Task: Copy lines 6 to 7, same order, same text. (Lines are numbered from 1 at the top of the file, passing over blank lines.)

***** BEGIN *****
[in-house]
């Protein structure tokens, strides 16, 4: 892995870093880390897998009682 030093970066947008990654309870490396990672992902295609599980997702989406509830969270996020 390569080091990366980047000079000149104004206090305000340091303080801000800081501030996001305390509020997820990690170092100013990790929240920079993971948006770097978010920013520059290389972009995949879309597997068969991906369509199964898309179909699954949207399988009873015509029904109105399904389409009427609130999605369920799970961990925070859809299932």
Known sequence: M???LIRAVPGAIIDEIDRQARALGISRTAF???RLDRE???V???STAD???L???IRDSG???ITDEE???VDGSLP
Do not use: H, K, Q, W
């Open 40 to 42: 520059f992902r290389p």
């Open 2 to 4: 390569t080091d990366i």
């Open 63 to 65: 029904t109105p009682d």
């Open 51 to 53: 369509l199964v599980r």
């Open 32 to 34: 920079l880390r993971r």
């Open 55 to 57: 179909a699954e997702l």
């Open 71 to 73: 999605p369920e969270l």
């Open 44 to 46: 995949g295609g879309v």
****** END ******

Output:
């Open 2 to 4: 390569t080091d990366i």
């Open 63 to 65: 029904t109105p009682d």